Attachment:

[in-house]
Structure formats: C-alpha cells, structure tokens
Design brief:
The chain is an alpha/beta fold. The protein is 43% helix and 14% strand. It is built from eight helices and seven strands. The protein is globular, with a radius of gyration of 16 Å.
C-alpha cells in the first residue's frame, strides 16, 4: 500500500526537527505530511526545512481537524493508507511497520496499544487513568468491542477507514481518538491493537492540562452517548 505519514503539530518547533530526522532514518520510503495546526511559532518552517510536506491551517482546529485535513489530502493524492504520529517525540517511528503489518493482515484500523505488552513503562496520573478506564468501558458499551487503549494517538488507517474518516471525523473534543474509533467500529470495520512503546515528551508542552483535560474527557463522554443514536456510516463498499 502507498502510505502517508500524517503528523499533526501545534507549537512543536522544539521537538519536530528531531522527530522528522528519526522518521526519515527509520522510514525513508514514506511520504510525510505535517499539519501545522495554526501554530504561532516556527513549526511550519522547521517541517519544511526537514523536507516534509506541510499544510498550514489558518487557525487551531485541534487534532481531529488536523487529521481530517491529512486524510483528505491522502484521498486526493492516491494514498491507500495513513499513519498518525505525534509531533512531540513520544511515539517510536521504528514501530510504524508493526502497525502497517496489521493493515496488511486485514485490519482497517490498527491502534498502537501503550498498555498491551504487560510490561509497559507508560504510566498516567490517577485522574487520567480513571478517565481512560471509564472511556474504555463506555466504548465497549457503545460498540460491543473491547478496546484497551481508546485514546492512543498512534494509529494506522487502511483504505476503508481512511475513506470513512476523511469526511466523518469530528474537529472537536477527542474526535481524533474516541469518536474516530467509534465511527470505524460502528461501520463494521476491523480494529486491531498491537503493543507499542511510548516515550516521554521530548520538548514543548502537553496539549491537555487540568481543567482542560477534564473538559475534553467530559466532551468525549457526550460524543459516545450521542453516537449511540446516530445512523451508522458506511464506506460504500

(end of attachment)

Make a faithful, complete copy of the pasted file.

[in-house]
Structure formats: C-alpha cells, structure tokens
Design brief:
The chain is an alpha/beta fold. The protein is 43% helix and 14% strand. It is built from eight helices and seven strands. The protein is globular, with a radius of gyration of 16 Å.
C-alpha cells in the first residue's frame, strides 16, 4: 500500500526537527505530511526545512481537524493508507511497520496499544487513568468491542477507514481518538491493537492540562452517548 505519514503539530518547533530526522532514518520510503495546526511559532518552517510536506491551517482546529485535513489530502493524492504520529517525540517511528503489518493482515484500523505488552513503562496520573478506564468501558458499551487503549494517538488507517474518516471525523473534543474509533467500529470495520512503546515528551508542552483535560474527557463522554443514536456510516463498499 502507498502510505502517508500524517503528523499533526501545534507549537512543536522544539521537538519536530528531531522527530522528522528519526522518521526519515527509520522510514525513508514514506511520504510525510505535517499539519501545522495554526501554530504561532516556527513549526511550519522547521517541517519544511526537514523536507516534509506541510499544510498550514489558518487557525487551531485541534487534532481531529488536523487529521481530517491529512486524510483528505491522502484521498486526493492516491494514498491507500495513513499513519498518525505525534509531533512531540513520544511515539517510536521504528514501530510504524508493526502497525502497517496489521493493515496488511486485514485490519482497517490498527491502534498502537501503550498498555498491551504487560510490561509497559507508560504510566498516567490517577485522574487520567480513571478517565481512560471509564472511556474504555463506555466504548465497549457503545460498540460491543473491547478496546484497551481508546485514546492512543498512534494509529494506522487502511483504505476503508481512511475513506470513512476523511469526511466523518469530528474537529472537536477527542474526535481524533474516541469518536474516530467509534465511527470505524460502528461501520463494521476491523480494529486491531498491537503493543507499542511510548516515550516521554521530548520538548514543548502537553496539549491537555487540568481543567482542560477534564473538559475534553467530559466532551468525549457526550460524543459516545450521542453516537449511540446516530445512523451508522458506511464506506460504500